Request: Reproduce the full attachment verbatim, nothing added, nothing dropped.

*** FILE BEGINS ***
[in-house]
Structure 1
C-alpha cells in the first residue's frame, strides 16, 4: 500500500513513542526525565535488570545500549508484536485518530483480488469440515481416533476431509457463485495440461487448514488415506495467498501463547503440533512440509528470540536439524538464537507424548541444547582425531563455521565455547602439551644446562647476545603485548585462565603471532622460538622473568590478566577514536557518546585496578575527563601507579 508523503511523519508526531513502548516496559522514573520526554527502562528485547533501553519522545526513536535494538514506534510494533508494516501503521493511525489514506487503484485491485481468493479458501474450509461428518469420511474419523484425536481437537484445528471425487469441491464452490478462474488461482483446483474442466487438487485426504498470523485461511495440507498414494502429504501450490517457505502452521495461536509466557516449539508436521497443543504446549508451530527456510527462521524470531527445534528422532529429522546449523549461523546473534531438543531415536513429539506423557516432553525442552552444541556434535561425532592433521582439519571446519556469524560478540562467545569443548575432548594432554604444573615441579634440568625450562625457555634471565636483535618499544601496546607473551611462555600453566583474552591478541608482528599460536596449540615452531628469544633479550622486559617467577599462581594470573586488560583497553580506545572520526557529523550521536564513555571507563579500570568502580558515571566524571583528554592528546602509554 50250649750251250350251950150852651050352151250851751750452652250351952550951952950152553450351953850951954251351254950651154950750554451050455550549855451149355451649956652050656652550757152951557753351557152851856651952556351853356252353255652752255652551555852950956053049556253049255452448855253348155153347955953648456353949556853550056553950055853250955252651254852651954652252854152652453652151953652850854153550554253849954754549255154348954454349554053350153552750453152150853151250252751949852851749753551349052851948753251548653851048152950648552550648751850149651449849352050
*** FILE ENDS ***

[in-house]
Structure 1
C-alpha cells in the first residue's frame, strides 16, 4: 500500500513513542526525565535488570545500549508484536485518530483480488469440515481416533476431509457463485495440461487448514488415506495467498501463547503440533512440509528470540536439524538464537507424548541444547582425531563455521565455547602439551644446562647476545603485548585462565603471532622460538622473568590478566577514536557518546585496578575527563601507579 508523503511523519508526531513502548516496559522514573520526554527502562528485547533501553519522545526513536535494538514506534510494533508494516501503521493511525489514506487503484485491485481468493479458501474450509461428518469420511474419523484425536481437537484445528471425487469441491464452490478462474488461482483446483474442466487438487485426504498470523485461511495440507498414494502429504501450490517457505502452521495461536509466557516449539508436521497443543504446549508451530527456510527462521524470531527445534528422532529429522546449523549461523546473534531438543531415536513429539506423557516432553525442552552444541556434535561425532592433521582439519571446519556469524560478540562467545569443548575432548594432554604444573615441579634440568625450562625457555634471565636483535618499544601496546607473551611462555600453566583474552591478541608482528599460536596449540615452531628469544633479550622486559617467577599462581594470573586488560583497553580506545572520526557529523550521536564513555571507563579500570568502580558515571566524571583528554592528546602509554 50250649750251250350251950150852651050352151250851751750452652250351952550951952950152553450351953850951954251351254950651154950750554451050455550549855451149355451649956652050656652550757152951557753351557152851856651952556351853356252353255652752255652551555852950956053049556253049255452448855253348155153347955953648456353949556853550056553950055853250955252651254852651954652252854152652453652151953652850854153550554253849954754549255154348954454349554053350153552750453152150853151250252751949852851749753551349052851948753251548653851048152950648552550648751850149651449849352050